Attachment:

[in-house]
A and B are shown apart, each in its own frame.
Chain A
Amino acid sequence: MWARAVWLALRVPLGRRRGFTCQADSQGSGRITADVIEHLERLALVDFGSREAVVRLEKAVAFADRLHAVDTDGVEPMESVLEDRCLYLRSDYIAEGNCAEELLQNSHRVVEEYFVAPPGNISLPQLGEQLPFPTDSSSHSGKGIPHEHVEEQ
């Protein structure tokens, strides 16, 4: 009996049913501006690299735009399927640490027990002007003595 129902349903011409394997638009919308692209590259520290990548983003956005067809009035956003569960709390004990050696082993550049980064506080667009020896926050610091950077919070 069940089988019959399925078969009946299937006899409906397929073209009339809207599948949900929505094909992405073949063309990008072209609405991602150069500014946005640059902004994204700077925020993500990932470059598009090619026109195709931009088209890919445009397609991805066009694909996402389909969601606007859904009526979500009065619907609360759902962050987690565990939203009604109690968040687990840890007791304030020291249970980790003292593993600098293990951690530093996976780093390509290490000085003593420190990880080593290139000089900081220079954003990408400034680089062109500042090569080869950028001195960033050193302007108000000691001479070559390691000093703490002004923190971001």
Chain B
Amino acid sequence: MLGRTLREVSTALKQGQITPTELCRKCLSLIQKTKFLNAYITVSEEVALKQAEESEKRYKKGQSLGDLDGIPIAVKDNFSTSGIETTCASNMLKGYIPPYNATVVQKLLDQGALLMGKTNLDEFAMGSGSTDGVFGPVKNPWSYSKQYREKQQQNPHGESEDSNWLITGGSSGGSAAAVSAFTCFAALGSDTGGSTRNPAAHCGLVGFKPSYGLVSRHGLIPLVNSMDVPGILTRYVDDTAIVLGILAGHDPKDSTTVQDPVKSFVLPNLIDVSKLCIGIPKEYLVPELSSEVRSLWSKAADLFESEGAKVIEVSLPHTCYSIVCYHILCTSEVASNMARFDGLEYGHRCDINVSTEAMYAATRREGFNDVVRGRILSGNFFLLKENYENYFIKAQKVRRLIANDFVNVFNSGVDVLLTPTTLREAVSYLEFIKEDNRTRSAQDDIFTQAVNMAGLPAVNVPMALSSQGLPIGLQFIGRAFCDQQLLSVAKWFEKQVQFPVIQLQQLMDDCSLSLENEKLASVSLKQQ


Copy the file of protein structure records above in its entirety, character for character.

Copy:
[in-house]
A and B are shown apart, each in its own frame.
Chain A
Amino acid sequence: MWARAVWLALRVPLGRRRGFTCQADSQGSGRITADVIEHLERLALVDFGSREAVVRLEKAVAFADRLHAVDTDGVEPMESVLEDRCLYLRSDYIAEGNCAEELLQNSHRVVEEYFVAPPGNISLPQLGEQLPFPTDSSSHSGKGIPHEHVEEQ
């Protein structure tokens, strides 16, 4: 009996049913501006690299735009399927640490027990002007003595 129902349903011409394997638009919308692209590259520290990548983003956005067809009035956003569960709390004990050696082993550049980064506080667009020896926050610091950077919070 069940089988019959399925078969009946299937006899409906397929073209009339809207599948949900929505094909992405073949063309990008072209609405991602150069500014946005640059902004994204700077925020993500990932470059598009090619026109195709931009088209890919445009397609991805066009694909996402389909969601606007859904009526979500009065619907609360759902962050987690565990939203009604109690968040687990840890007791304030020291249970980790003292593993600098293990951690530093996976780093390509290490000085003593420190990880080593290139000089900081220079954003990408400034680089062109500042090569080869950028001195960033050193302007108000000691001479070559390691000093703490002004923190971001």
Chain B
Amino acid sequence: MLGRTLREVSTALKQGQITPTELCRKCLSLIQKTKFLNAYITVSEEVALKQAEESEKRYKKGQSLGDLDGIPIAVKDNFSTSGIETTCASNMLKGYIPPYNATVVQKLLDQGALLMGKTNLDEFAMGSGSTDGVFGPVKNPWSYSKQYREKQQQNPHGESEDSNWLITGGSSGGSAAAVSAFTCFAALGSDTGGSTRNPAAHCGLVGFKPSYGLVSRHGLIPLVNSMDVPGILTRYVDDTAIVLGILAGHDPKDSTTVQDPVKSFVLPNLIDVSKLCIGIPKEYLVPELSSEVRSLWSKAADLFESEGAKVIEVSLPHTCYSIVCYHILCTSEVASNMARFDGLEYGHRCDINVSTEAMYAATRREGFNDVVRGRILSGNFFLLKENYENYFIKAQKVRRLIANDFVNVFNSGVDVLLTPTTLREAVSYLEFIKEDNRTRSAQDDIFTQAVNMAGLPAVNVPMALSSQGLPIGLQFIGRAFCDQQLLSVAKWFEKQVQFPVIQLQQLMDDCSLSLENEKLASVSLKQQ